Sylvia Syms (singer)
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Sylvia Syms (December 2, 1917 – May 10, 1992) was an American jazz singer and actress.
|Birth name||Sylvia Blagman|
|Born||December 2, 1917|
Brooklyn, New York, U.S.
|Died||May 10, 1992 (aged 74)|
New York City
Syms was born Sylvia Blagman in Brooklyn, New York. As a child, she had polio. As a teenager, she went to jazz nightclubs on New York's 52nd Street and received informal training from Billie Holiday. She made her debut in 1941 at Kelly's Stable.
In 1948, performing at the Cinderella Club in Greenwich Village, she was seen by Mae West, who gave her a part in a show she was doing. Among others who observed her in nightclubs was Frank Sinatra who considered her the "world's greatest saloon singer." Sinatra conducted her 1982 album, Syms by Sinatra.
She was signed to a contract by Decca Records, having her major success with a recording of "I Could Have Danced All Night" in 1956, which sold over one million copies and was awarded a gold disc. Syms made regular appearances at the Carlyle in Manhattan. At times, impromptu, while enjoying a cocktail in the bar of the Carlyle, she would walk on stage and perform with the cabaret's other regular, Bobby Short.
Syms had a lung removed around 1972. The operation did not stop her from performing as Bloody Mary in the musical South Pacific at the Chateau de Ville Dinner Theater.
|1952||Songs By [10" version]||Atlantic|
|1954||After Dark [10"]||Version Records|
|1954||Sylvia Sings [EP]||Atlantic|
|1955||Songs By [12" version]||Atlantic|
|1956||Sylvia Syms Sings||Decca|
|1957||Songs of Love||Decca|
|1964||Fabulous||20th Century Fox|
|1967||For Once in My Life||Prestige|
|1968||In A Sentimental Mood||Movietone|
|1978||She Loves to Hear the Music||A&M|
|1982||Syms by Sinatra||Reprise|
|1984||A Jazz Portrait of Johnny Mercer||DRG|
|1989||Then Along Came Bill||DRG|
|1992||You Must Believe in Spring||Elba|
|2004||The Columbia Years||Columbia|
- Eddie Condon's Floor Show – 1949
- The Tonight Show – 1954
- The Tonight Show – 1955
- The Tonight Show – 1956
- The VIP Show of the Year – Sep 9, 1956
- The Tonight Show – October 1956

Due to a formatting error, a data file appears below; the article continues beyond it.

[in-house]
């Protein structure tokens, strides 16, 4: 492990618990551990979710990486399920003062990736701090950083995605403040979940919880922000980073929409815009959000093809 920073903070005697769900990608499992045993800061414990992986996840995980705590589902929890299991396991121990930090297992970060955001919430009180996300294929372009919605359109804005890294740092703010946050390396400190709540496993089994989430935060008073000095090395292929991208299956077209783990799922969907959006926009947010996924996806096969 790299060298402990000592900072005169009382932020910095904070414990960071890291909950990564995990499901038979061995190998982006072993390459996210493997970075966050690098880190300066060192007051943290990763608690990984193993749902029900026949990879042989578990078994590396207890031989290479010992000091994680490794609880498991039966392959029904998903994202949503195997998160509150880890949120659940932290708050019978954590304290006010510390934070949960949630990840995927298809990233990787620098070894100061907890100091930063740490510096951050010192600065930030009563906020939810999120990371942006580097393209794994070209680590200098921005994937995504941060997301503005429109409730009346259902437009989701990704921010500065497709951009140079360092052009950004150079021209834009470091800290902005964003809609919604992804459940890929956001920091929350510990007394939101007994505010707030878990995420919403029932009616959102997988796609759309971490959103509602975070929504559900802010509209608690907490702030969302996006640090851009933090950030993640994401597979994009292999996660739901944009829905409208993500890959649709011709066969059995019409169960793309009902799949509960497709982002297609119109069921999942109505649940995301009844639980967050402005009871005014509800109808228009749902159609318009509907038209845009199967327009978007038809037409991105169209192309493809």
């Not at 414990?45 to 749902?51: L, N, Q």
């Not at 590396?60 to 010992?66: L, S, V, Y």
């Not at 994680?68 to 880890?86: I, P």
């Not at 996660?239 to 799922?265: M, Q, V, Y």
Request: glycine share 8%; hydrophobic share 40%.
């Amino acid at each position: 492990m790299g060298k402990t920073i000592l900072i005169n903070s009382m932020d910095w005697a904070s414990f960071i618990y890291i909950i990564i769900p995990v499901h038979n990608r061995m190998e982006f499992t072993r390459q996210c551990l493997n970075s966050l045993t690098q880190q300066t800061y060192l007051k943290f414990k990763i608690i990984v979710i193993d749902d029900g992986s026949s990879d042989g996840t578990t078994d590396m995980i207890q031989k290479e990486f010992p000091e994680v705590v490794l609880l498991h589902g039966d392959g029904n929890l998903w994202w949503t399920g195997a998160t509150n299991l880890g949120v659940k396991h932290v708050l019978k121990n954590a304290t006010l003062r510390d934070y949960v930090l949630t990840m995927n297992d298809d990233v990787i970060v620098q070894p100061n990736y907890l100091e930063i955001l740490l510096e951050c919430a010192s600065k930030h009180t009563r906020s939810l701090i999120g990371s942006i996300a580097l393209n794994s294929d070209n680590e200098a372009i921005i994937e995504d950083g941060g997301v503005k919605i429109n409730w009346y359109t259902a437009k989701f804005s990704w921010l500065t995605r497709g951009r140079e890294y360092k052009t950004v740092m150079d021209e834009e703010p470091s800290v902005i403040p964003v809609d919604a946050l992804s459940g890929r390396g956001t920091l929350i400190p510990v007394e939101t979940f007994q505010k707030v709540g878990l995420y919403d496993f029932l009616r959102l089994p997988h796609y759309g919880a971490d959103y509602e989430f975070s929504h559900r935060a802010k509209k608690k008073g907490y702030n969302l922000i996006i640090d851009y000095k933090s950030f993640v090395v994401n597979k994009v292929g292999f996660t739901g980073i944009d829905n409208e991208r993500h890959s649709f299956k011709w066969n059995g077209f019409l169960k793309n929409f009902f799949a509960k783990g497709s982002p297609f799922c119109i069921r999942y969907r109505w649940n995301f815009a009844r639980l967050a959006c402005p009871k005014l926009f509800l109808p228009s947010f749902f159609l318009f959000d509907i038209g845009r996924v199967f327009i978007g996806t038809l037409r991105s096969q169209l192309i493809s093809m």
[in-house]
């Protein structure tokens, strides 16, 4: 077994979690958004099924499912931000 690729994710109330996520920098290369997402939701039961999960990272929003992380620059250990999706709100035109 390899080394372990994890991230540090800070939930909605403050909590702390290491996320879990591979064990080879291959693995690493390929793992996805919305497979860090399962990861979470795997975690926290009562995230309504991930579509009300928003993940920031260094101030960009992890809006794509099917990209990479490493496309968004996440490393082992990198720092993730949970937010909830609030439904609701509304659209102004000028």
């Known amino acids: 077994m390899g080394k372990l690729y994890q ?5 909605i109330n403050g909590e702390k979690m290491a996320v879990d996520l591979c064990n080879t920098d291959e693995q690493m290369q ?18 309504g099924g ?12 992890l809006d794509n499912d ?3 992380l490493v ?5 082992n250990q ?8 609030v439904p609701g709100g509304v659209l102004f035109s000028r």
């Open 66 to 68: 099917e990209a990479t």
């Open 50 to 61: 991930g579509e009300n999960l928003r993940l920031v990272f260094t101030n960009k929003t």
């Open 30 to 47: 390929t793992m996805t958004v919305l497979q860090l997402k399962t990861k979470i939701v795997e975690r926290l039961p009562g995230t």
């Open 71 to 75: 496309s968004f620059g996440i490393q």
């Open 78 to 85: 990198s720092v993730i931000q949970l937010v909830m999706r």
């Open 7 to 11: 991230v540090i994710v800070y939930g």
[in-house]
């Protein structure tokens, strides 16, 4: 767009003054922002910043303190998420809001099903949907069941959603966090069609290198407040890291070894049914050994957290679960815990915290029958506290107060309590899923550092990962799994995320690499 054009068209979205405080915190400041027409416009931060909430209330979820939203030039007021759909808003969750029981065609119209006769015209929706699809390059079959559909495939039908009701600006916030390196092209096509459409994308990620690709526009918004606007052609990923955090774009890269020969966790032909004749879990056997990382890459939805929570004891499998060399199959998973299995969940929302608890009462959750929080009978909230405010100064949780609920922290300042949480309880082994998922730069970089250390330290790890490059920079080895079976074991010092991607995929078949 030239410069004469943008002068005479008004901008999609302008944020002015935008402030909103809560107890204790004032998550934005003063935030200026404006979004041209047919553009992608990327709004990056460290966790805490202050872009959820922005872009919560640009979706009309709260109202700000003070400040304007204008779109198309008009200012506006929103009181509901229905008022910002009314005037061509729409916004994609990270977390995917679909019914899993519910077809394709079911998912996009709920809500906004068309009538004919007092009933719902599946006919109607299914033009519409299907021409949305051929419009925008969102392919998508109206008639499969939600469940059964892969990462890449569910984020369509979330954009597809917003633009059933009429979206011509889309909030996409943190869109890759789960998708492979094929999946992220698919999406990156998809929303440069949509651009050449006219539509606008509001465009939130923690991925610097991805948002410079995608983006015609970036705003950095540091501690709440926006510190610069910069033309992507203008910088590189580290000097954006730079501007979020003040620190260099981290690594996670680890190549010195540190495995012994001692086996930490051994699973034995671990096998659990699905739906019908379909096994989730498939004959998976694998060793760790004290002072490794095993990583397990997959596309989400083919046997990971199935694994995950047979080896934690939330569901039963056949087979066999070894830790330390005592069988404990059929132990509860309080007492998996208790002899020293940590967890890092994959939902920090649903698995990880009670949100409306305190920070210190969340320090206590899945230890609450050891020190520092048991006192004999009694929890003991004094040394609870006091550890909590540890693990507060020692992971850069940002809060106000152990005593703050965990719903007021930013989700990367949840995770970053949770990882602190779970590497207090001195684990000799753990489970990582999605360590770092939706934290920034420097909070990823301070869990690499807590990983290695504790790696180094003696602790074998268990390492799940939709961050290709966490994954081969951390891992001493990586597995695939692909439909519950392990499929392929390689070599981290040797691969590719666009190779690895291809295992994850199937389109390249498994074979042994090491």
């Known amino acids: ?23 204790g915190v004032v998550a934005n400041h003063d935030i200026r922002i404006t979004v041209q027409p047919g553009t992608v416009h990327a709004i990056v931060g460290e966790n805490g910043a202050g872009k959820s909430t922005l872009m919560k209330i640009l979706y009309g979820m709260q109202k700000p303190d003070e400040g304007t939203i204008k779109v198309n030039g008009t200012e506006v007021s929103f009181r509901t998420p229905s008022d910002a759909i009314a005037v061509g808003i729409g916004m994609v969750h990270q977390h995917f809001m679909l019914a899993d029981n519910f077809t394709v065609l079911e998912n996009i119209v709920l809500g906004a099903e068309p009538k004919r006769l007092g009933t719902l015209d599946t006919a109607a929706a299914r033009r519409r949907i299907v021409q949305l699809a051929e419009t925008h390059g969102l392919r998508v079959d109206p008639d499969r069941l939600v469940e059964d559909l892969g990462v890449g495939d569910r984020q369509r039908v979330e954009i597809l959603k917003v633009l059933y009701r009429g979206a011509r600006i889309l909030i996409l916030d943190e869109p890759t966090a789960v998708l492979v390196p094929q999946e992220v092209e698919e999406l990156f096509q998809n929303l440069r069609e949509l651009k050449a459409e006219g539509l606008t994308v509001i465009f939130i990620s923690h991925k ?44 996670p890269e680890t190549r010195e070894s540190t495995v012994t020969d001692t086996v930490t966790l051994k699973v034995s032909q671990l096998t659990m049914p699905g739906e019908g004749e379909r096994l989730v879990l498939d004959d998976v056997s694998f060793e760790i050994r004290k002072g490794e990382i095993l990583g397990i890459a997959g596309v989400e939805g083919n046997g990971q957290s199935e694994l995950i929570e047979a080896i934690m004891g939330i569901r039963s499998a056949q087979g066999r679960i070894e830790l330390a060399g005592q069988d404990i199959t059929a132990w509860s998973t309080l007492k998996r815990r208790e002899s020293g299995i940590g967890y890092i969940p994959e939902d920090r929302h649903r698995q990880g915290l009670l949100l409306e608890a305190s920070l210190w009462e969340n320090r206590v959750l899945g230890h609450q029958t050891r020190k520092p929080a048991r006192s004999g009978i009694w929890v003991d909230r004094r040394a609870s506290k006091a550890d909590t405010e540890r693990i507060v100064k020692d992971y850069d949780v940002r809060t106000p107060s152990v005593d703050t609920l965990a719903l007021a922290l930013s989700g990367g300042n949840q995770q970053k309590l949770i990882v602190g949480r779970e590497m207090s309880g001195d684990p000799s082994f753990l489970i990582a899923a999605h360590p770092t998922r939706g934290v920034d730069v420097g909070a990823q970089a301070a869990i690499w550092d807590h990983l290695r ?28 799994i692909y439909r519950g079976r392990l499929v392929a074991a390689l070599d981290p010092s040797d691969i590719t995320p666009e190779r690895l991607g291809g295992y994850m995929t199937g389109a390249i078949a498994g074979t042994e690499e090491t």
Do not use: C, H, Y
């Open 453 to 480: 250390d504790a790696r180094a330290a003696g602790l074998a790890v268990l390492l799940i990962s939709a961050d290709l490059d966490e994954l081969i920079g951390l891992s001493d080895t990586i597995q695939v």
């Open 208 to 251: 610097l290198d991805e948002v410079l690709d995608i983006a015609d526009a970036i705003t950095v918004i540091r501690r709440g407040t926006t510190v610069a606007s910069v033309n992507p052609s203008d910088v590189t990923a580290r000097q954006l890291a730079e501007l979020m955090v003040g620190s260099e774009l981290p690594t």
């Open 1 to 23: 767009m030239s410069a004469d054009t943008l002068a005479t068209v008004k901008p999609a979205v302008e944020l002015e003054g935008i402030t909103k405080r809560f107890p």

- Stars of Jazz – Dec 17, 1956
- Art Ford's All-Star Jazz Party – 1958
- Playboy's Penthouse – Sep 23, 1961
- Playboy's Penthouse – Apr 21, 1962
- The Merv Griffin Show – 1962
- The Merv Griffin Show – 1963
- The Tonight Show – Sep 17, 1963
- The Mike Douglas Show – 1965
- The Merv Griffin Show – Jun 29, 1966
- Donald O'Connor Show – Oct 21, 1968
- The Merv Griffin Show – 1969
- The Mike Douglas Show – 1969
- The Mike Douglas Show – Aug 9, 1970
- The Tonight Show – Aug 6, 1972
- The Mike Douglas Show – Aug 11, 1974
- The Merv Griffin Show – 1974
- The Tonight Show – Feb 25, 1975
- The Merv Griffin Show – 1978
- The Dick Cavett Show – Nov 16, 1978
- Dinah! – Nov 17, 1978
- Over Easy – Nov 24, 1978
- Over Easy – May 23, 1980
- Glenn Miller: A Moonlight Serenade – Dec 1, 1984
- American Masters: The Long Night of Lady Day – Aug 3, 1986
- Buddy Barnes Live at Studio B – 1986
- "People". Pqasb.pqarchiver.com. 1979-08-26. Retrieved 2013-08-14.
- Murrells, Joseph (1978). The Book of Golden Discs (2nd ed.). London: Barrie and Jenkins Ltd. p. 87. ISBN 0-214-20512-6.
- "Sylvia Blagman Syms | Jewish Women's Archive". jwa.org. Retrieved 2018-10-21.
- "| Archives | Chron.com - Houston Chronicle". Chron.com. Retrieved 2013-08-14.
- "Sylvia Syms". Jamesgavin.com. 1992-05-17. Retrieved 2013-08-14.
- Rosen, Jody (June 25, 2019). "Here Are Hundreds More Artists Whose Tapes Were Destroyed in the UMG Fire". The New York Times. Retrieved June 28, 2019.
- Sylvia Syms biography on oldies.com
- Sylvia Syms manuscript, printed music, and sound recordings, Institute of Jazz Studies, Rutgers University